Six-time NFL Super Bowl champion Tom Brady foresaw his exit from the New England Patriots long before he announced it, the quarterback on Wednesday told radio host Howard Stern in an interview that touched on his emotional departure, his new life in Tampa Bay and his friendship with US President Donald Trump.
“I probably knew before the start of last season that it was my last year,” Brady said. “Our time was coming to an end.”
Brady last month announced that he was leaving the Patriots in free agency after two decades with the team with which he broke numerous NFL records, including most Super Bowl wins, most Super Bowl appearances and most playoff wins, marking a profound end to a storied NFL partnership.
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Brady said that he told team owner Robert Kraft in person that he would not rejoin the team and called head coach Bill Belichick immediately after.
“I was crying. I’m a very emotional person,” Brady said. “I have a deep caring for the people I’ve worked with.”
The 42-year-old, who since signed with the Tampa Bay Buccaneers, said that he harbors no ill will toward his former team, and pushed aside the common debate over who was the true star of the Patriots’ success: Belichick or himself.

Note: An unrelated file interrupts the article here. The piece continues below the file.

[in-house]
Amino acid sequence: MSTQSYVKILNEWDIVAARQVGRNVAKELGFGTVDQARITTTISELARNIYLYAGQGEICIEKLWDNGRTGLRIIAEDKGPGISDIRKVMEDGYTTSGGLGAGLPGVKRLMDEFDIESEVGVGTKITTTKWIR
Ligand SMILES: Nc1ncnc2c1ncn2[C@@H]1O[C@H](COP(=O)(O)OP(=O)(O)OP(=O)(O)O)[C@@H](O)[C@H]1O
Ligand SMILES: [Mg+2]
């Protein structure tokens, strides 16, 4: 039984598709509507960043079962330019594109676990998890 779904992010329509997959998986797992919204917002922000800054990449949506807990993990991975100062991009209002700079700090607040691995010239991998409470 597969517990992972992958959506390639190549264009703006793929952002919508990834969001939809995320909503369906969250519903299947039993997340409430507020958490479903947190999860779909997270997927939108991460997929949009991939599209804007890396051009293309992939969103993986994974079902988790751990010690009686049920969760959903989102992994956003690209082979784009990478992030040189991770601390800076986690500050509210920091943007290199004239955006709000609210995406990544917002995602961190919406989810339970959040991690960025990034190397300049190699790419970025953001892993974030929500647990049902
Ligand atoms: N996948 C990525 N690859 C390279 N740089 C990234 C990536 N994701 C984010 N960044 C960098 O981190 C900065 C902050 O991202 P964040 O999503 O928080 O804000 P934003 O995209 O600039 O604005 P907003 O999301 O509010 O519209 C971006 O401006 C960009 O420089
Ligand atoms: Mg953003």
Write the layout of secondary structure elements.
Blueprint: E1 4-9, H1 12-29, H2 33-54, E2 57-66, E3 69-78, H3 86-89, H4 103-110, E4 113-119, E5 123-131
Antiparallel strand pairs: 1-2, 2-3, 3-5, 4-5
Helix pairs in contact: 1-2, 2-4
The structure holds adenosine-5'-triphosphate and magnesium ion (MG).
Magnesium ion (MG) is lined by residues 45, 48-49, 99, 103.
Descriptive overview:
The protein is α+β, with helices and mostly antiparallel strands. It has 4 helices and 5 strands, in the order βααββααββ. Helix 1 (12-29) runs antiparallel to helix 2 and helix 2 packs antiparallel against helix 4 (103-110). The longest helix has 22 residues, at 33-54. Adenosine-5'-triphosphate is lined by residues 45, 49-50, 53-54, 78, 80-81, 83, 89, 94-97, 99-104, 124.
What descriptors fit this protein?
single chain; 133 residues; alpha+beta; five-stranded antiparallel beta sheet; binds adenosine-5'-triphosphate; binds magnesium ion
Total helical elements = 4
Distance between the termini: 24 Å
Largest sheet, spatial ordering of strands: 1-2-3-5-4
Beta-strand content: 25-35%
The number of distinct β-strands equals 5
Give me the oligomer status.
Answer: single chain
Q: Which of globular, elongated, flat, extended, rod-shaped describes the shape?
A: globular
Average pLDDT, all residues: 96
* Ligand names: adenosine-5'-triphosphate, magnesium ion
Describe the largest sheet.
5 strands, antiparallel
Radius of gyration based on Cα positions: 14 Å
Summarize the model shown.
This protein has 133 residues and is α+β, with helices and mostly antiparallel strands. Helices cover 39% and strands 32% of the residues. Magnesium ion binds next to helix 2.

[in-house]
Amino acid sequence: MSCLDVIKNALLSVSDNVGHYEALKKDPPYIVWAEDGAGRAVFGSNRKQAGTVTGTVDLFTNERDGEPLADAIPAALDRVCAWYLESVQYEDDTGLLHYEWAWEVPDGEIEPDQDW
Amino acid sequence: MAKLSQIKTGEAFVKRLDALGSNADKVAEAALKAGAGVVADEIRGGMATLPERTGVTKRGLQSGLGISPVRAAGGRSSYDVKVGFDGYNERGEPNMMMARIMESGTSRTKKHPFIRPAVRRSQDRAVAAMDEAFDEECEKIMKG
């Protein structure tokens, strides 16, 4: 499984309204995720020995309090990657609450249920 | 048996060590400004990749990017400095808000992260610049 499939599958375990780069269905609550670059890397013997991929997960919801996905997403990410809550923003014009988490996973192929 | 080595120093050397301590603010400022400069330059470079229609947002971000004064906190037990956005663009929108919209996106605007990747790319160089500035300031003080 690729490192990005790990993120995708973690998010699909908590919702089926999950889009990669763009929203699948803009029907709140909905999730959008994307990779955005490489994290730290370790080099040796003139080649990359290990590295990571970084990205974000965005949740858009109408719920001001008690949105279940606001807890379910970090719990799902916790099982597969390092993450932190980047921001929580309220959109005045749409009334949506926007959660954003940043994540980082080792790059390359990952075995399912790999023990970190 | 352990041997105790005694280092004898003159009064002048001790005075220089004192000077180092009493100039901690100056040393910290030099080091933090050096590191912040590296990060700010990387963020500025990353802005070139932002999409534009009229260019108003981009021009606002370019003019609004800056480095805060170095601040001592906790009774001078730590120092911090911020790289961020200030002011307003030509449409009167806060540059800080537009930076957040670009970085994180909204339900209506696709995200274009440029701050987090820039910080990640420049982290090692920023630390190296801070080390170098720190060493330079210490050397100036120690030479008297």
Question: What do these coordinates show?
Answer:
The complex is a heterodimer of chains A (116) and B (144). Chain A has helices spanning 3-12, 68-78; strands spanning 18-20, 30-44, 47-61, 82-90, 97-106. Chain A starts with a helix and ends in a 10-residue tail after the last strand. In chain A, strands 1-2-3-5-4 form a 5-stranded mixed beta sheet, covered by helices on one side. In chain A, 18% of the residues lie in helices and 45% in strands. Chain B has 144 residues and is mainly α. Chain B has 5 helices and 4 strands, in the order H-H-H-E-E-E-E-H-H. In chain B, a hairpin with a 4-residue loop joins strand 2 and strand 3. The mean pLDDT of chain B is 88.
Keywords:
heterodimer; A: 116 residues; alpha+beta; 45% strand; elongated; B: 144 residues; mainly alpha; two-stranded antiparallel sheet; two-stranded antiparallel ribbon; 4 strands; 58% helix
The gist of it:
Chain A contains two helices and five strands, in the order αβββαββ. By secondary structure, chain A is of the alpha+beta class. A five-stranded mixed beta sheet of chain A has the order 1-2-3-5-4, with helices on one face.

“I can’t do his job and he can’t do mine,” Brady said.
Like millions of Americans, the four-time Super Bowl Most Valuable Player is living in relative lockdown with his wife and children, amid the COVID-19 pandemic that upended the professional sports calendar and brought life to a grinding halt around the world.
Unlike millions of Americans, Brady said that he is staying at a sprawling Tampa Bay mansion that he rented from Baseball Hall of Famer Derek Jeter — adjusting to a radically different environment from New England, which he called home for two decades.
A long-time friend of Trump, Brady faced controversy when one of the now-president’s “Make America Great Again” hats appeared in his locker in 2015, but said that he turned down an invitation to speak at the 2016 Republican National Convention and has since avoided the political sphere.
“I got brought into a lot of those things because it was so polarizing,” Brady said. “It was uncomfortable for me because you can’t undo things — and not that I would undo a friendship — but the political support is totally different than the support of a friend.”
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